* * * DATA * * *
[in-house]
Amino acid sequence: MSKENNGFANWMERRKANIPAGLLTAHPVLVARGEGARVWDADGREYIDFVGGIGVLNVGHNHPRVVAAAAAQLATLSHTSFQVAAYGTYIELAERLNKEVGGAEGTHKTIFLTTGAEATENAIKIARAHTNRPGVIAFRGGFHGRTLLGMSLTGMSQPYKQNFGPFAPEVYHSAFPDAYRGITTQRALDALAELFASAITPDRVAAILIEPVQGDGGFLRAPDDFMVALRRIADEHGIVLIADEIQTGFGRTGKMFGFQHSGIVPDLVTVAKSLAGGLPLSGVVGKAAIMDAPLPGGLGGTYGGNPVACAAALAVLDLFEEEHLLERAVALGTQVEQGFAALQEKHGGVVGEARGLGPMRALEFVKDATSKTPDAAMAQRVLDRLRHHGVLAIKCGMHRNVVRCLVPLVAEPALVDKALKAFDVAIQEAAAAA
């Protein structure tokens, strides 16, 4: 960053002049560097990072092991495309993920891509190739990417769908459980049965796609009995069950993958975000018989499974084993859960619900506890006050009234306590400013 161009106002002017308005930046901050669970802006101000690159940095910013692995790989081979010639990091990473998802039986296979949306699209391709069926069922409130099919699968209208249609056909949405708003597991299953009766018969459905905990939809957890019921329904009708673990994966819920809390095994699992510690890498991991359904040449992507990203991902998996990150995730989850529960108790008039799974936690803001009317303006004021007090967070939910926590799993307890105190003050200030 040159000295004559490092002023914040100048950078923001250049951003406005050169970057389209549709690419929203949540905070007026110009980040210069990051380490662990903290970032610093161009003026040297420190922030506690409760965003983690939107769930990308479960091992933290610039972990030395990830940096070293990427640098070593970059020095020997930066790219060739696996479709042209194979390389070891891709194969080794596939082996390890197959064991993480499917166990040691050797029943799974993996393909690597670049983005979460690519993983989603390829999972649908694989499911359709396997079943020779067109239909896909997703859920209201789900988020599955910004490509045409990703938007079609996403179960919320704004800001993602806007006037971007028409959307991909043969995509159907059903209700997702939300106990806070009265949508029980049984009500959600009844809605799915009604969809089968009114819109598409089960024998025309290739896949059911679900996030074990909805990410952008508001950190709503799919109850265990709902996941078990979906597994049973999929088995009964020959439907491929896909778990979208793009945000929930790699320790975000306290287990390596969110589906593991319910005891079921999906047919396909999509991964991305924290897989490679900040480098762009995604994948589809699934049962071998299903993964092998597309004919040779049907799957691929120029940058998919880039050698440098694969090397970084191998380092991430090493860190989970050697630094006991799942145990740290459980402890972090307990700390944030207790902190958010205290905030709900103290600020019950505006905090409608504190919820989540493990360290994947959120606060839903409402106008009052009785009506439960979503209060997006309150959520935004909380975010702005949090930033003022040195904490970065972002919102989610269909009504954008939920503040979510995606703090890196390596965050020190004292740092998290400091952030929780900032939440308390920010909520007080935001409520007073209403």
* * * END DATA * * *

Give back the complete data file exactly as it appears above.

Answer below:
[in-house]
Amino acid sequence: MSKENNGFANWMERRKANIPAGLLTAHPVLVARGEGARVWDADGREYIDFVGGIGVLNVGHNHPRVVAAAAAQLATLSHTSFQVAAYGTYIELAERLNKEVGGAEGTHKTIFLTTGAEATENAIKIARAHTNRPGVIAFRGGFHGRTLLGMSLTGMSQPYKQNFGPFAPEVYHSAFPDAYRGITTQRALDALAELFASAITPDRVAAILIEPVQGDGGFLRAPDDFMVALRRIADEHGIVLIADEIQTGFGRTGKMFGFQHSGIVPDLVTVAKSLAGGLPLSGVVGKAAIMDAPLPGGLGGTYGGNPVACAAALAVLDLFEEEHLLERAVALGTQVEQGFAALQEKHGGVVGEARGLGPMRALEFVKDATSKTPDAAMAQRVLDRLRHHGVLAIKCGMHRNVVRCLVPLVAEPALVDKALKAFDVAIQEAAAAA
């Protein structure tokens, strides 16, 4: 960053002049560097990072092991495309993920891509190739990417769908459980049965796609009995069950993958975000018989499974084993859960619900506890006050009234306590400013 161009106002002017308005930046901050669970802006101000690159940095910013692995790989081979010639990091990473998802039986296979949306699209391709069926069922409130099919699968209208249609056909949405708003597991299953009766018969459905905990939809957890019921329904009708673990994966819920809390095994699992510690890498991991359904040449992507990203991902998996990150995730989850529960108790008039799974936690803001009317303006004021007090967070939910926590799993307890105190003050200030 040159000295004559490092002023914040100048950078923001250049951003406005050169970057389209549709690419929203949540905070007026110009980040210069990051380490662990903290970032610093161009003026040297420190922030506690409760965003983690939107769930990308479960091992933290610039972990030395990830940096070293990427640098070593970059020095020997930066790219060739696996479709042209194979390389070891891709194969080794596939082996390890197959064991993480499917166990040691050797029943799974993996393909690597670049983005979460690519993983989603390829999972649908694989499911359709396997079943020779067109239909896909997703859920209201789900988020599955910004490509045409990703938007079609996403179960919320704004800001993602806007006037971007028409959307991909043969995509159907059903209700997702939300106990806070009265949508029980049984009500959600009844809605799915009604969809089968009114819109598409089960024998025309290739896949059911679900996030074990909805990410952008508001950190709503799919109850265990709902996941078990979906597994049973999929088995009964020959439907491929896909778990979208793009945000929930790699320790975000306290287990390596969110589906593991319910005891079921999906047919396909999509991964991305924290897989490679900040480098762009995604994948589809699934049962071998299903993964092998597309004919040779049907799957691929120029940058998919880039050698440098694969090397970084191998380092991430090493860190989970050697630094006991799942145990740290459980402890972090307990700390944030207790902190958010205290905030709900103290600020019950505006905090409608504190919820989540493990360290994947959120606060839903409402106008009052009785009506439960979503209060997006309150959520935004909380975010702005949090930033003022040195904490970065972002919102989610269909009504954008939920503040979510995606703090890196390596965050020190004292740092998290400091952030929780900032939440308390920010909520007080935001409520007073209403």